The United States is clearing the path for more travel and commerce with Cuba as it seeks to further engage the Cuban people and normalize relations with the island nation.
The Obama administration on Tuesday announced a series of actions it says will promote ties between U.S. and Cuban citizens and urged the communist government to do its part to “remove impediments that have been holding Cubans back.”
Steps taken by the U.S. Treasury and Commerce Departments include removing financing restrictions for most types of authorized exports, amending regulations to make it easier for some individuals and entities to get export licenses, and further easing regulations on authorized travel.
The White House said the new actions to ease sanctions continue a policy to empower the Cuban people by creating economic opportunities between Cubans and Americans.
“By expanding people-to-people ties, business opportunities, and greater access to information, we are promoting the transformation of our relationship in ways that advance U.S. interests and improve the lives of the Cuban people,” the White House said.
The U.S. urged the Cuban government to take steps to make it easier for Cuban citizens to start businesses, engage in trade and access information online.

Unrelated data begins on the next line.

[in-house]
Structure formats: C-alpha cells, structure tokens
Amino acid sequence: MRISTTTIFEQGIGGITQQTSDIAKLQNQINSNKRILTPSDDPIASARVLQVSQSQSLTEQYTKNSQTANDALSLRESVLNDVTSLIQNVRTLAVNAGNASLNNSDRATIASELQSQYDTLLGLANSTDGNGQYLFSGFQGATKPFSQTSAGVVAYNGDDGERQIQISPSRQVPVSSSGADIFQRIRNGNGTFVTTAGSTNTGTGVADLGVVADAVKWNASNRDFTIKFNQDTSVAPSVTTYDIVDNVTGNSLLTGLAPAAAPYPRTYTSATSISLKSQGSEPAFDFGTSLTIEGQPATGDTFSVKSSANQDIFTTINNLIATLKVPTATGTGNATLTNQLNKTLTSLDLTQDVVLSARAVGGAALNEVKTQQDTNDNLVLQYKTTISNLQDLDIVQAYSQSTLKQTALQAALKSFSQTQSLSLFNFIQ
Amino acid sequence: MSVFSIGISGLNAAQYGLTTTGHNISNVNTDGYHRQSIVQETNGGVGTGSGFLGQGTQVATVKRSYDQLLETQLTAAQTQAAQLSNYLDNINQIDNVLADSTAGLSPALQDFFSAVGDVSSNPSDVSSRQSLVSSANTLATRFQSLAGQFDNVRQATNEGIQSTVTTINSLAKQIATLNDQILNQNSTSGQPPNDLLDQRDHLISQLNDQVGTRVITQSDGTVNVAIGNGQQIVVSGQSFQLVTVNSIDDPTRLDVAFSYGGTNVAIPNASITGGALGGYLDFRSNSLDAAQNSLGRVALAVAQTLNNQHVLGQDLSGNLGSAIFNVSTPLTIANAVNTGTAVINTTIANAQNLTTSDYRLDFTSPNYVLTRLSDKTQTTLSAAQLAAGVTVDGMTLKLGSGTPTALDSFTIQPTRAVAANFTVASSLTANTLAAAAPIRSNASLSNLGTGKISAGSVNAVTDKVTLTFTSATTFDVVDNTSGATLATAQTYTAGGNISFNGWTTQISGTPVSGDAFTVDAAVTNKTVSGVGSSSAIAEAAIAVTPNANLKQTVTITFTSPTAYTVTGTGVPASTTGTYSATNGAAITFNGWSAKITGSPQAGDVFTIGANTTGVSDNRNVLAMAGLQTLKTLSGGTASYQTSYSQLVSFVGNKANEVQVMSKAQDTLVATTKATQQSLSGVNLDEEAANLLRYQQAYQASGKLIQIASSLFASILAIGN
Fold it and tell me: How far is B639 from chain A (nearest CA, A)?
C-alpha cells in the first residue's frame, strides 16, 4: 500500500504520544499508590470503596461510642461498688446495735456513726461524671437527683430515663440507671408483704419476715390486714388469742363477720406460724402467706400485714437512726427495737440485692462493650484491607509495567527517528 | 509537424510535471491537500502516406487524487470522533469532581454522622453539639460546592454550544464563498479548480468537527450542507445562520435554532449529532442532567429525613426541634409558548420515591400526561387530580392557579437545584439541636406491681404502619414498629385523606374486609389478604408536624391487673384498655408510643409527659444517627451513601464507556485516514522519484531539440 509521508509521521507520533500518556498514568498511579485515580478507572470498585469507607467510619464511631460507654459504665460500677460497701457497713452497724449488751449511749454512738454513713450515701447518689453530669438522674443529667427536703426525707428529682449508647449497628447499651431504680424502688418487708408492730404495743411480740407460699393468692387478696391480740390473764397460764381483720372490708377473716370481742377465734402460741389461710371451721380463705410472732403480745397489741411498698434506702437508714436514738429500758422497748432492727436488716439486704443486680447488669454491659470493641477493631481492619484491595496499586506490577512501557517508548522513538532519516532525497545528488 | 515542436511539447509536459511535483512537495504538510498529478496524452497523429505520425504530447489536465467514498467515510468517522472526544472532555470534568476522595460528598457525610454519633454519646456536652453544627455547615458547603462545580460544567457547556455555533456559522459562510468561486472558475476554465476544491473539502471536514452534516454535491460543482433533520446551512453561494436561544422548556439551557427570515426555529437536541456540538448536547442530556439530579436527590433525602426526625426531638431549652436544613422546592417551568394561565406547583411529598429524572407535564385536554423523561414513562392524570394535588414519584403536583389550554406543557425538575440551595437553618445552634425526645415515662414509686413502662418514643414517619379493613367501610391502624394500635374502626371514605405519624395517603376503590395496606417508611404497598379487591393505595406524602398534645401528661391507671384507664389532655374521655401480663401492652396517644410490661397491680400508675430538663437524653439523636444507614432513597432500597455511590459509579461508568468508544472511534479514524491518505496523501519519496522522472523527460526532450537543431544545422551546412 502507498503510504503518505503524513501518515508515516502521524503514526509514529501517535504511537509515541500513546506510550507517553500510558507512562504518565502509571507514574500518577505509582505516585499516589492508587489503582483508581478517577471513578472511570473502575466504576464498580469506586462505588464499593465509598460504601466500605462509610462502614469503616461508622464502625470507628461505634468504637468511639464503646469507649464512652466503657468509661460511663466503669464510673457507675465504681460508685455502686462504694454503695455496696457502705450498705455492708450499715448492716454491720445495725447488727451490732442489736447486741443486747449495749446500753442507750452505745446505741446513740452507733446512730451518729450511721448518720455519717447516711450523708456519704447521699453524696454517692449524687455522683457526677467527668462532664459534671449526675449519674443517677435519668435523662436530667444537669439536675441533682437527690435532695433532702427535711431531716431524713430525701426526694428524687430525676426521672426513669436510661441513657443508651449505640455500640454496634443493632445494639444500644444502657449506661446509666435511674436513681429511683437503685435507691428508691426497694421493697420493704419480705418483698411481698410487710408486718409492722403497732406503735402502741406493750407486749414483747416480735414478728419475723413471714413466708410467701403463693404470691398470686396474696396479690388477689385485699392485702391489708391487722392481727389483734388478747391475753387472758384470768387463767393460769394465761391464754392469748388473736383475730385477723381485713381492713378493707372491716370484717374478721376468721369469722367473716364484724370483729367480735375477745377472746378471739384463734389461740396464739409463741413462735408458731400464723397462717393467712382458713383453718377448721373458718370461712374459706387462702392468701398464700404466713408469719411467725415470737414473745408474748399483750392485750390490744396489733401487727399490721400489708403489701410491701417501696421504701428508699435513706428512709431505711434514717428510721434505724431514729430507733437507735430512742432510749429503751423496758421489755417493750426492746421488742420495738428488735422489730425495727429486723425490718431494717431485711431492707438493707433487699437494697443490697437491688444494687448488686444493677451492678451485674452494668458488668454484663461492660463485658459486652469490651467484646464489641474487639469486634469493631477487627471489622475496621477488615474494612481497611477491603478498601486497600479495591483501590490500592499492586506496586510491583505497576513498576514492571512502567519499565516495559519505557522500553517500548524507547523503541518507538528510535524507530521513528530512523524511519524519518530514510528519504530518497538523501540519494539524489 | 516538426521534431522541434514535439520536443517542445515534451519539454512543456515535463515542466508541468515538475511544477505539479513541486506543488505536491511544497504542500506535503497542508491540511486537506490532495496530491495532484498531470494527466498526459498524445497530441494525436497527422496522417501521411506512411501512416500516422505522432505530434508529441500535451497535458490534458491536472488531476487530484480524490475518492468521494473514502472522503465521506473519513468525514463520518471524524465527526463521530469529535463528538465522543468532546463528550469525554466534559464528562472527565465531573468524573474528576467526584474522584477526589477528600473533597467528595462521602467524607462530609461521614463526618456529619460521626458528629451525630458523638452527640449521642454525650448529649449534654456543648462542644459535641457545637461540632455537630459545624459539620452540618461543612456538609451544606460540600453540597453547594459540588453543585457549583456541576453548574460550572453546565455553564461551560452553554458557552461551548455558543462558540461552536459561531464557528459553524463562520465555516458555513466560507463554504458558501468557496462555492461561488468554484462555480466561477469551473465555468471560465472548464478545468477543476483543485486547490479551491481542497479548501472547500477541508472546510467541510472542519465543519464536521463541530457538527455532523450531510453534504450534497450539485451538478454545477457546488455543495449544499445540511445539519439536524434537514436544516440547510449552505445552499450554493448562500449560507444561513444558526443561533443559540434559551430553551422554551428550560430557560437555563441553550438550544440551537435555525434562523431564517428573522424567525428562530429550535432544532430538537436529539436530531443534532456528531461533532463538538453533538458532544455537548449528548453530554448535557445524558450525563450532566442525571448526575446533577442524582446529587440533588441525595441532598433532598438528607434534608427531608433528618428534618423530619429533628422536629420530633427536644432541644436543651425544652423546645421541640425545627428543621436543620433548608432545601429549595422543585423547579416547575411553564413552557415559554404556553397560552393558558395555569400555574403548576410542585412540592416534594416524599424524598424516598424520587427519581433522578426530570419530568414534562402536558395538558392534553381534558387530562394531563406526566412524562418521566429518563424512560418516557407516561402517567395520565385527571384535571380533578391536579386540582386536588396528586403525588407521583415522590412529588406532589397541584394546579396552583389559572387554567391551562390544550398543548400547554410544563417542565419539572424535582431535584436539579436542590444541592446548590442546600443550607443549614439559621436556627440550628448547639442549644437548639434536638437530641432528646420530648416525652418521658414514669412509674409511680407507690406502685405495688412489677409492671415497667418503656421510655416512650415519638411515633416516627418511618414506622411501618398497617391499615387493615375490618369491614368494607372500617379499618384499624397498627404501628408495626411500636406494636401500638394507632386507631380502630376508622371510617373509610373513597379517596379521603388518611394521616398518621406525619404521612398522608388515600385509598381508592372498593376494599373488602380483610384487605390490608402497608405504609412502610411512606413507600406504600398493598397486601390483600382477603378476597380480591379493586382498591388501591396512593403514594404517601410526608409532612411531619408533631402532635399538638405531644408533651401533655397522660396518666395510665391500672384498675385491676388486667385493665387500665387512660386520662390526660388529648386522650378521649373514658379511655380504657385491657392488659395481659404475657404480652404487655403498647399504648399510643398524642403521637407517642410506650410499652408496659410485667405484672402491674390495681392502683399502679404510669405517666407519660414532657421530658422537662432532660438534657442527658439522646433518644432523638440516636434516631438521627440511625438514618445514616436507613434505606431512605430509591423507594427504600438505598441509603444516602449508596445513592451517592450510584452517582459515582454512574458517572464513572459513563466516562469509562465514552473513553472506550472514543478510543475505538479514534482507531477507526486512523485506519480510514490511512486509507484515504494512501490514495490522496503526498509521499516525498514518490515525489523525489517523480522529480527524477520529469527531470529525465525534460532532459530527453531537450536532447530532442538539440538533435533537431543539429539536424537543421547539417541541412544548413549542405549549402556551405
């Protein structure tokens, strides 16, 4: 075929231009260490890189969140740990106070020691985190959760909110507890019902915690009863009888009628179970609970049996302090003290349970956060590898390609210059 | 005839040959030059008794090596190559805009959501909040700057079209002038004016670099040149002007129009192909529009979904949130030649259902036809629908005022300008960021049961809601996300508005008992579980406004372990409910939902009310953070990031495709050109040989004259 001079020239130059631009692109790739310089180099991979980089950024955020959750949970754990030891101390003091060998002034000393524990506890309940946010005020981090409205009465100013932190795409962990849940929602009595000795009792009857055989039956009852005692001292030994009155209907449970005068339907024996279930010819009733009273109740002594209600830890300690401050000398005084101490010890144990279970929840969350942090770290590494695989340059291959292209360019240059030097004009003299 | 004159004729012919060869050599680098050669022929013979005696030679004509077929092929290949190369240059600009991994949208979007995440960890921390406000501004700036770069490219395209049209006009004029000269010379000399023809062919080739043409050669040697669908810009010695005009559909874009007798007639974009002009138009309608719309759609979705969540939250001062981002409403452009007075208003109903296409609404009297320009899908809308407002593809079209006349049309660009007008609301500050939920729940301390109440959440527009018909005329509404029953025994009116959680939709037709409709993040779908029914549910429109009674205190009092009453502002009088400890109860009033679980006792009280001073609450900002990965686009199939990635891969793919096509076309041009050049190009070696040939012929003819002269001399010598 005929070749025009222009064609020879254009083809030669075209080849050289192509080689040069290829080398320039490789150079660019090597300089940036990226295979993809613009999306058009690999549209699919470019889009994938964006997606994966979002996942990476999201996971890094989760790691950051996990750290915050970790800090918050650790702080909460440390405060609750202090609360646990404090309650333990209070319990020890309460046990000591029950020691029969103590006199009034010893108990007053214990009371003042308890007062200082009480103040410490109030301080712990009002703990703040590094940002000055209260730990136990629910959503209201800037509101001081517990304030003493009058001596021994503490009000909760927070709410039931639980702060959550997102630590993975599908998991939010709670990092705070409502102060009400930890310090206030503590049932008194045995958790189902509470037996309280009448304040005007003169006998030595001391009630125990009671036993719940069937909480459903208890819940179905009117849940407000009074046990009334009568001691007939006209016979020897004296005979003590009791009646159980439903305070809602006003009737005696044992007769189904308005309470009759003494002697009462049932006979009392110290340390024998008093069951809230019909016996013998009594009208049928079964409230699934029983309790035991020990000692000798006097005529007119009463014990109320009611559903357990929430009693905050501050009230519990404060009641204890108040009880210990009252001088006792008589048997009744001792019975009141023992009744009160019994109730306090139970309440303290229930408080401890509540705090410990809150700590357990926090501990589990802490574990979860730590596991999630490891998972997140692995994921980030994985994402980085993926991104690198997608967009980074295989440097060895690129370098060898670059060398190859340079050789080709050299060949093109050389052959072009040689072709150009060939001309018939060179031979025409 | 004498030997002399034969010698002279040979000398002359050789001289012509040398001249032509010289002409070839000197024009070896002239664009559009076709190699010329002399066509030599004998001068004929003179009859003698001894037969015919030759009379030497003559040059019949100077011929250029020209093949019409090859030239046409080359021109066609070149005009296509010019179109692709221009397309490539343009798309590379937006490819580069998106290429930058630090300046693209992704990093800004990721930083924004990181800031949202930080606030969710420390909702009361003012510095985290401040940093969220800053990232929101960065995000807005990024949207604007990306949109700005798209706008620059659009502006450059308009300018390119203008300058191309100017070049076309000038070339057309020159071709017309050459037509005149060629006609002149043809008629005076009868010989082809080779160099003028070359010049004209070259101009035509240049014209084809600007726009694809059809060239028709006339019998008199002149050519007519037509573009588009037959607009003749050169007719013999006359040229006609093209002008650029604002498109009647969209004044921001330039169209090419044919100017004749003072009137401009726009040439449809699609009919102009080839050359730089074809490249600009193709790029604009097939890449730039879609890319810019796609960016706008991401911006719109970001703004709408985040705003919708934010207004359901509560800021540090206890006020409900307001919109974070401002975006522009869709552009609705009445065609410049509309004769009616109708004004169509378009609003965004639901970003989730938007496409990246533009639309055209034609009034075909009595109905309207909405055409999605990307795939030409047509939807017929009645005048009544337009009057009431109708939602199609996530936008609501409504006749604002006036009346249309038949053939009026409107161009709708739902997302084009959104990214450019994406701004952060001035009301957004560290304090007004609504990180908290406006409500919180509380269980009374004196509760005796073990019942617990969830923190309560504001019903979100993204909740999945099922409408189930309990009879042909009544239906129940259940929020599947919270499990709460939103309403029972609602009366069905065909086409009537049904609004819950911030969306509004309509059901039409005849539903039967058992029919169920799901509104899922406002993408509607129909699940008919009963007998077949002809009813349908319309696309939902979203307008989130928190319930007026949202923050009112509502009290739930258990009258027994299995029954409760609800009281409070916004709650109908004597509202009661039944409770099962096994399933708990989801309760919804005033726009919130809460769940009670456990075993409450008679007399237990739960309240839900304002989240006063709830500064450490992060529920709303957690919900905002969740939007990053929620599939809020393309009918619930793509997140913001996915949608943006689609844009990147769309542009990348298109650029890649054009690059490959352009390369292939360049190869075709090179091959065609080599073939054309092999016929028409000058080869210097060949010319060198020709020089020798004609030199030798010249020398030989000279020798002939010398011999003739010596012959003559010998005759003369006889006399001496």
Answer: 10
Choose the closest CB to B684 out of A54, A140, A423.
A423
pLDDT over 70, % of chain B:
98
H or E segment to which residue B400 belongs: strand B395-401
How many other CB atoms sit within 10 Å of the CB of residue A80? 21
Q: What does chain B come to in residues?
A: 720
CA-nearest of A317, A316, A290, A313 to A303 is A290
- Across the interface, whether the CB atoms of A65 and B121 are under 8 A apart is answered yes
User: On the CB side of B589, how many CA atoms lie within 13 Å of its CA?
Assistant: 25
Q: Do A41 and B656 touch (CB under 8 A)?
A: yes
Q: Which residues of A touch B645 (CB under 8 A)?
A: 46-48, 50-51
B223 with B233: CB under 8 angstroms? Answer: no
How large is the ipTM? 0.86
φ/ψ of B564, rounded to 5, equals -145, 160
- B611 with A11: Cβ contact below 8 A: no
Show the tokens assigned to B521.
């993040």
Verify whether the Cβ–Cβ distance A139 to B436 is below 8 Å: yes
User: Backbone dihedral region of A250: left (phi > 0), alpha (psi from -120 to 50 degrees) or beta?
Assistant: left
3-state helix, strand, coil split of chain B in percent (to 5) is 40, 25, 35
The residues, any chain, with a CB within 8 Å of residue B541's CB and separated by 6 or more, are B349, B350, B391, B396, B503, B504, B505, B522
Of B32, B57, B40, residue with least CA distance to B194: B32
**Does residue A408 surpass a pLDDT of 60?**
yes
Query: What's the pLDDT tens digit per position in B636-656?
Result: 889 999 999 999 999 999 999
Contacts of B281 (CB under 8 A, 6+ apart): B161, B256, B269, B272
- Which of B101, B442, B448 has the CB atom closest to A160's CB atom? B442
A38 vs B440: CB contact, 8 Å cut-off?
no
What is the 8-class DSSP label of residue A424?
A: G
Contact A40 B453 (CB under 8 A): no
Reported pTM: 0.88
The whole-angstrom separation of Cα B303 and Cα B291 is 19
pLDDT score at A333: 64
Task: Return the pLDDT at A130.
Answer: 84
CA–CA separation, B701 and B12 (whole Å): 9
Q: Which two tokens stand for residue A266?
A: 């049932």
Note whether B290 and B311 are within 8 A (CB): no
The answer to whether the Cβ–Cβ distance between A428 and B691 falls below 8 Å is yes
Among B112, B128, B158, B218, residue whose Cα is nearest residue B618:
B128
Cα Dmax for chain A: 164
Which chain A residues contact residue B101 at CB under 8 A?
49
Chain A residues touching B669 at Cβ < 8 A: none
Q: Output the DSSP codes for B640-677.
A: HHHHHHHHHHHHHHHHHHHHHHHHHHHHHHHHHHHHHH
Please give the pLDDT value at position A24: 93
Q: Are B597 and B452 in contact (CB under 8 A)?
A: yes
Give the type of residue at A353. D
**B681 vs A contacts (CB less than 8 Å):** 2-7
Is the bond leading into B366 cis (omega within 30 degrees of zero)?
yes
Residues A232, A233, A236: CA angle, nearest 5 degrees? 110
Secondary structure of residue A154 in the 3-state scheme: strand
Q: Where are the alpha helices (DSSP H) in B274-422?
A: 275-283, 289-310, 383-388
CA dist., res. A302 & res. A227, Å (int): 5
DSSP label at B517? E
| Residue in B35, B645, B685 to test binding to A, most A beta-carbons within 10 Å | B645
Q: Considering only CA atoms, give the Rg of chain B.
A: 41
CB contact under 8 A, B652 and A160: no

FILE - People surf the Internet at a Wi-Fi hotspot in Havana, Cuba, Nov. 25, 2015.
During a speech in Havana, U.S. Ambassador Daniel Sepulveda urged Havana to expand Internet and communications connectivity .
While the government has taken some “positive steps” in the last year, Sepulveda urged Cuba to upgrade its wireless technology, establish more Wi-Fi hotspots and lower the cost of Internet access, which is $2.00 an hour. That effectively means that it costs the average Cuban about 10 percent of his or her salary to get online, Sepulveda said.
Treasury Secretary Jacob Lew said Tuesday the U.S. will continue to take steps to “help the Cuban people achieve the political and economic freedom that they deserve.”
Commerce Secretary Penny Pritzker said the regulatory changes will “help strengthen civil society in Cuba and enhance communications to, from and among the Cuban people.”
In December 2014, President Barack Obama announced the United States would re-establish diplomatic relations with Cuba and begin the process of normalizing relations more than 50 years after they severed ties.
The policy change is sharply opposed by many in the Republican-led Congress and by some Republican presidential hopefuls, including former Florida Governor Jeb Bush and Florida Senator Marco Rubio, who has threatened to reverse the change in U.S.-Cuba relations.
Critics argue Obama gave Havana too many concessions without insisting the communist government bring an end to its oppressive policies and human rights abuses.